It’s become quite a hot topic lately, hasn’t it? In every forum from Facebook to Twitter, in letters to the editor, and surely at the water cooler, folks are either lashing out against, or showing their support for, retail stores opening on Thanksgiving Day. Because it’s a subject that affects this site, I thought this would be the perfect place to offer my opinion on the subject.
First of all, either argument, whether pro or con, carries less weight than most shoppers might think. For those shopping online especially, there will be deals throughout the month of November and probably until mid-December that are every bit as good as those you see on November 27th. Shopping on the actual day of Black Friday, or in this case the day before, has lost some significance because of this. Believe us, you’re unlikely to miss too much if you don’t shop on Thanksgiving.
However, I understand and appreciate both perspectives. Those against Thanksgiving Day openings argue in favor of all-important family time, and wish that less shoppers headed out to spend on a day which carries a familial importance like few others, and many of us view as a significant opportunity to spend time with those we love.
The other perspective, also valid of course, argues that the opportunity to shop, and especially to save should be available that day, just as it is on every other day of the year. “If the stores want to open, why shouldn’t they?” is the common refrain we hear.
Of course there’s less right or wrong here than might be apparent. I for one believe that businesses should be allowed to operate as they deem fit, provided that they do so without violating laws that protect consumers. Though surely plenty of companies have behaved improperly and even illegally in the past, opening on Thanksgiving is nothing close to “wrong.” Where some might view opening on this day an attempt to pull people from their families, I tend to see it as an attempt to produce as much revenue as possible out of every opportunity, something that every well-run business, from a lemonade stand to a retail store, must do to survive in the very difficult retail market of today.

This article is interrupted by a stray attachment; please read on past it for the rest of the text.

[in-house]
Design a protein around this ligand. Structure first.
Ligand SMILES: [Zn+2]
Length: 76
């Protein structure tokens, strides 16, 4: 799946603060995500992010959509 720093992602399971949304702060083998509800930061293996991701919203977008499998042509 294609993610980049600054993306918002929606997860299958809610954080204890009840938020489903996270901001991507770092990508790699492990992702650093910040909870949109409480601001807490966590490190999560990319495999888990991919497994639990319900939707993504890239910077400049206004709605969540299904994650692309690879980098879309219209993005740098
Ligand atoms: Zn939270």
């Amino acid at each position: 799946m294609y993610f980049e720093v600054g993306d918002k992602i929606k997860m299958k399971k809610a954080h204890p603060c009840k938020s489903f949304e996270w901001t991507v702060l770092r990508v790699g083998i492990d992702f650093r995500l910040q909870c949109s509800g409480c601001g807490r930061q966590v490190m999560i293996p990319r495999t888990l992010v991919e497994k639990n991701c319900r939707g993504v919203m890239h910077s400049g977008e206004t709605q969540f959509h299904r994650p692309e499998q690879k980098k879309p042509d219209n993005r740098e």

But most importantly, I have no issue with a store opening on Thanksgiving Day or any other day of the year they choose to do business because no business, whether retail or otherwise, should be responsible for how much time we spend with our families. We are not required to shop on Thanksgiving any more than we are obligated to stay home.
There is no reason we should thank retailers for not opening if they don’t, because if they do so it isn’t because they like you or care about your family. Likewise, we shouldn’t lambaste them for choosing to open their doors, because it’s incredibly unlikely that the store has thought much about your quality time. No matter how much you like a store, I’m pretty sure they’re not worried much about how much time you spend with your family. Those things simply don’t enter the conversation when these things are decided in boardrooms. This isn’t an indictment. It’s simply reality.
As for myself, that Thursday in November is important. I take a rare break from working on this site and spend the large part of the day eating, watching football, playing with my nieces and nephews, and enjoying the company of my family. Not only will I not leave to go see if there were any great deals at one of the local stores, but I won’t even turn on my computer more than once or twice (just to ensure that it hasn’t disappeared) in those 24 hours. For me, that time is more precious than any deal.
What I’m saying is that, as is often the case in life, you have a choice here. You can choose to shop and have yourself a wonderful time (of course there is no reason you can’t do this WITH your family) or stay at home as I do. Regardless, with life being short and all, I recommend only that you enjoy whichever choice you make. I think that’s what really matters here.